"Jeanne was for me a rather inanimate figure when I was young," Alsop said. "I would always picture her as a bronzed figure on a horse with a sword and banner. But she has become a real human being for me. I have a feeling for how complex she was and continues to be."

Having a chance to work on Honegger's oratorio intensified the conductor's interest in the subject. She led her first performance of the piece at the Oregon Bach Festival in July.

Earlier this month, she conducted it again, this time with the London Symphony Orchestra. The response to that presentation was not universally welcoming. A writer for a British arts website scoffed at the idea of reviving Honegger's "slime," with its "untidy flea market of meretricious musical ideas." Everyone's a critic.

But to Alsop, "Jeanne d'Arc au bucher," is anything but meretricious. And she's more than willing to dive into its "flea market" of musical styles, from Bachlike to jazz.

"I like these hard-to-put-in-a-box pieces," Alsop said. "It makes it more interesting. I like the hybrid nature of Honegger's music. He can be extraordinarily erudite and esoteric, and then turn around and write a great piece of jazz. Maybe that's a reason why he's not better known today."

The conductor's affinity for eclectic works was memorably demonstrated when she led the BSO in Leonard Bernstein's theatrical "Mass." Alsop sees similarities between that an Honegger's oratorio.

"It could be the French/Swiss 'Mass,' if you know what I mean," she said. "It's got religious overtones. It uses similar forces and has such intriguing instrumentation. With Bernstein's 'Mass,' you have electric guitar. With Honegger, you get three saxophones and the ondes martenot."

One of the coolest sound-producing devices invented in the 20th century, the ondes martenot is an early electronic instrument that produces an eerie glissando, similar to that made by a theremin. It spices several scenes in "Jeanne d'Arc au bucher."

The speaking roles in the piece can be just as vivid; they require real acting, not mere narration. They are as integrally woven into the score as the lines sung by soloists and choral forces. The text, by Paul Claudel, traces major points of the heroine's life in flashback, opening with her already in chains.

"Just like Bernstein's 'Mass,' of course, this work is bigger than its subject matter," Alsop said.

In France, this music celebrating a great warrior who had opposed an invading army understandably struck a chord during the Occupation.

That chord rang out even more pointedly in 1944, when Honegger and Claudel added a prologue to the score, with a text describing a darkness over France, a "chaos of consciences and souls." (Although Honegger supported the Resistance, his seemingly cozy relationship with the Germans led to him being briefly ostracized after the war.)

The trial scene in the oratorio is treated as brutal satire. Claudel seized on the name of Bishop Cauchon, who presided over the prosecution of Jeanne — Cauchon sounds the same as "cochon," French for "pig." So, here, Jeanne is assailed in a rigged court by various beasts; a donkey is the court clerk.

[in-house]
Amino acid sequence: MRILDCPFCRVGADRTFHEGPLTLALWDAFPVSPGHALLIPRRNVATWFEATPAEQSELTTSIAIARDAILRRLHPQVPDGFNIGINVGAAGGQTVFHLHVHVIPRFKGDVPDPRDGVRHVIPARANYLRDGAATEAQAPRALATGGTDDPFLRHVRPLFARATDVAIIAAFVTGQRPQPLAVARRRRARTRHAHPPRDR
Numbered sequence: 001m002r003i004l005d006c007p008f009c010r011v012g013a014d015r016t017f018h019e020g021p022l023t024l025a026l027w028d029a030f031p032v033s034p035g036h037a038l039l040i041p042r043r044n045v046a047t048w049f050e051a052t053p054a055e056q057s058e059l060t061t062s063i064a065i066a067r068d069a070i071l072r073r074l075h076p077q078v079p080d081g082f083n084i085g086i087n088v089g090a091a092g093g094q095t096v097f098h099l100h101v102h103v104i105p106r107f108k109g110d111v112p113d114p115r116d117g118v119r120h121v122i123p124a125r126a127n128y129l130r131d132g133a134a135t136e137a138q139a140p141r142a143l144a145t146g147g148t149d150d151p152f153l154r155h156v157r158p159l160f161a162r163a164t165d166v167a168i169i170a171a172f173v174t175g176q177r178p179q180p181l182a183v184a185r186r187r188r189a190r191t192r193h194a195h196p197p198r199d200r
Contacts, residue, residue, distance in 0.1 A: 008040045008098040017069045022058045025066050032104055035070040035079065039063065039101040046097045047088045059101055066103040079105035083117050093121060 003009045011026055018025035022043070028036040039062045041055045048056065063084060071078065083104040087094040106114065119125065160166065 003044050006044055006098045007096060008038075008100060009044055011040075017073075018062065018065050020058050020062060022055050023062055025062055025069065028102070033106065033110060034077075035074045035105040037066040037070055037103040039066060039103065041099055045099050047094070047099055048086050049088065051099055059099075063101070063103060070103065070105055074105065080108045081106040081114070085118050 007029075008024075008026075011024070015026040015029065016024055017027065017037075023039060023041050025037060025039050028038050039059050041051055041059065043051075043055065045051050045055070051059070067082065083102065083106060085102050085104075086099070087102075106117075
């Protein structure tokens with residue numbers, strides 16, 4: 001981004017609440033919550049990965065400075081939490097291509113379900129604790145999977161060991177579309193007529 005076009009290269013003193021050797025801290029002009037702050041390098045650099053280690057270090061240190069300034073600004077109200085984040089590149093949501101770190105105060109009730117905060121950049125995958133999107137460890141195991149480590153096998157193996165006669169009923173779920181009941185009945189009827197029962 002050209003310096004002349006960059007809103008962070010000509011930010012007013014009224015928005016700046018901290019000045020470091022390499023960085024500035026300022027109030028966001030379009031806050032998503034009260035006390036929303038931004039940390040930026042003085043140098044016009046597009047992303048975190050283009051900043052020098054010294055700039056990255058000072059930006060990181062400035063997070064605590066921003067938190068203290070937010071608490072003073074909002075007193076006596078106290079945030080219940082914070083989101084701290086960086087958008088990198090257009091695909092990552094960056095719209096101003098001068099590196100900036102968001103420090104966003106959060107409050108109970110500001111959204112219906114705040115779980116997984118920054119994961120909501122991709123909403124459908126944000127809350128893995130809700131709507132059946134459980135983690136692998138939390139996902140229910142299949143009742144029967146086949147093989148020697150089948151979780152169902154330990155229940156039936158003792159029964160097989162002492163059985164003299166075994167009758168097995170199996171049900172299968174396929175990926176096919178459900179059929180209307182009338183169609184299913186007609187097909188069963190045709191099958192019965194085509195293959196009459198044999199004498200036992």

In another satirical scene, a card game played by crazed kings and nobles helps to seal the fate of poor Jeanne.

Dhavernas, who appeared last year in the movie "The Switch" and the HBO World War II miniseries "The Pacific," said she wants "to breathe life into her as much as I can."

The actress has never worked on an oratorio before. Belgian-born actor Ronald Guttman, whose credits include "The Hunt for Red October," brings previous experience as narrator for another Honegger oratorio, "Le roi David," to the BSO production; he will portray Jeanne's confessor, Brother Dominic.

"To have something this new and challenging is scary," Dhavernsas said. "As an actor, you create your own rhythm. This is like having your soundtrack with you already, instead of added afterward. I read music a little bit, but I am listening to a recording of the piece all the time, trying to remember where I come in."

The BSO performances will be sung in the original French, with projected surtitles.

"I toyed with the idea of doing the narration in English, but I think it would be odd. The French adds to the mystery of the piece," Alsop said. "French is a language I feel very close to. It was the second language I learned at 8 or 10. I also studied it at Yale. I read Camus and all those guys in French."

The highly theatrical nature of the oratorio — Honegger originally intended it to be performed at the Paris Opera — will be honored as much as possible in the BSO presentation, staged by seasoned opera director James Robinson.

"I think it will be pretty minimalist because there are going to be so many bodies onstage," Alsop said. "Jim will do a lot with lighting. But I don't think we'll light anything on fire."


If you go

"Jeanne d'Arc au boucher" will be performed at 8 p.m. Thursday and Friday at the Meyerhoff Symphony Hall, 1212 Cathedral St. Tickets are $28 to $61. Call 410-783-8000 or go to bsomusic.org.

  • Text NIGHTLIFE to 70701 to sign up for Baltimore Sun nightlife and music text alerts